Helix currently doesn’t have features like user-defined commands, hooks or a plugin API. This means that if you need a feature that is not supported by Helix core / LSP / treesitter you’d need to edit Helix’ Rust sources. I’m sure Helix will get runtime configuration features eventually - but so far they’ve focused on the out-of-the-box experience.

I think Kakoune is better suited to be a general-purpose computing environment because it is a frontend for a Unix system. Almost all my time reading/writing/discussing code is spent in Kakoune.
It’s very easy to hack up a “plugin” for everyday text-processing tasks. For example when viewing a (git) diff in Kakoune, we can hit Enter to jump to the corresponding source line. The implementation of this feature required little knowledge of Kakoune. It’s a bit more effort (at least when not used to Rust) to implement the same in Helix.
Helix is a frontend for nontrivial “code intelligence” tools tree-sitter and LSP which is a great help for many programming tasks.


should be fixed now in latest kak-lsp

I’m also new to kakoune, maybe a week

Before that, I don’t know too much about vim or other modal text editors, only know wq, d , 1,$d, and only occasionally use it to edit configuration files it the server.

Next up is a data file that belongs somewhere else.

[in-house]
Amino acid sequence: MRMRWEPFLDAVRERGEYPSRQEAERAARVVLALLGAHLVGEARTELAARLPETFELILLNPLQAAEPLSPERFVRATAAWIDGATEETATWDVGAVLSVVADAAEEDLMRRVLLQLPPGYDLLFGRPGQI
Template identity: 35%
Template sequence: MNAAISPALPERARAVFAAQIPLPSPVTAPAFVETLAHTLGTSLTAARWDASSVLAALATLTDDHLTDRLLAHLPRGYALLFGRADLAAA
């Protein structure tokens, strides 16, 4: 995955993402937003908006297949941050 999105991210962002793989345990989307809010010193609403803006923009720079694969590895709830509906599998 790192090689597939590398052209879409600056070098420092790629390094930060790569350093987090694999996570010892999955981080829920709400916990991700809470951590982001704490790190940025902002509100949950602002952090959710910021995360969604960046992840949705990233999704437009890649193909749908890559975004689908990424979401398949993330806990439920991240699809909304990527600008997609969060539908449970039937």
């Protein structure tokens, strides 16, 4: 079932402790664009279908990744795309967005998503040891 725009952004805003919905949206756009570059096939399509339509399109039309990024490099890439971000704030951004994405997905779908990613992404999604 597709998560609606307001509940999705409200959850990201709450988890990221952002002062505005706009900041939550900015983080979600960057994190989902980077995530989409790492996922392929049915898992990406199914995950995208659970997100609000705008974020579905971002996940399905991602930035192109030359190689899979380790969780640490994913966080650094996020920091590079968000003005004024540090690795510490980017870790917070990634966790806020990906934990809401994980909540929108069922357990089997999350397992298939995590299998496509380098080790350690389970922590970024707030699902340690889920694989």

This week, I finally had time to learn a command line text editor as my main editor, and I also don’t know much about bash, although I use bash a lot, but only for common commands.

I also tried helix, but I finally chose Kakoune.

The reasons for my choice are:

  1. Kakoune’s Unix combination philosophy
  2. consistent and intuitive design
  3. a friendly community (I’ve been asking a lot of newbie questions on GitHub issues lately, they taught me a lot, not only kakoune but bash)
  4. as far as I know, kakoune does not have any external dependency code, but helix depends on many many libraries, so if there is a problem in the upstream, you have to wait for the upstream to fix it or implement it, I have so much frustration about this.

In the long run, kakoune must be easier to maintain than helix, because it is designed to do one thing and to do it with pure Unix style. Helix’s philosophy is more like an IDE that wants the user to get started out of the box. I’m looking forward to its development, but at this stage, I don’t think it’s suitable as the main editor, but Kakoune has all the capabilities to be the main editor.

I have to say that when I first started learning Kakoune, I had some frustrating moments, mainly because I didn’t have much knowledge of either bash or vim, and I’m also not a native English speaker (I miss some docs sometimes), so it was a bit painful at first.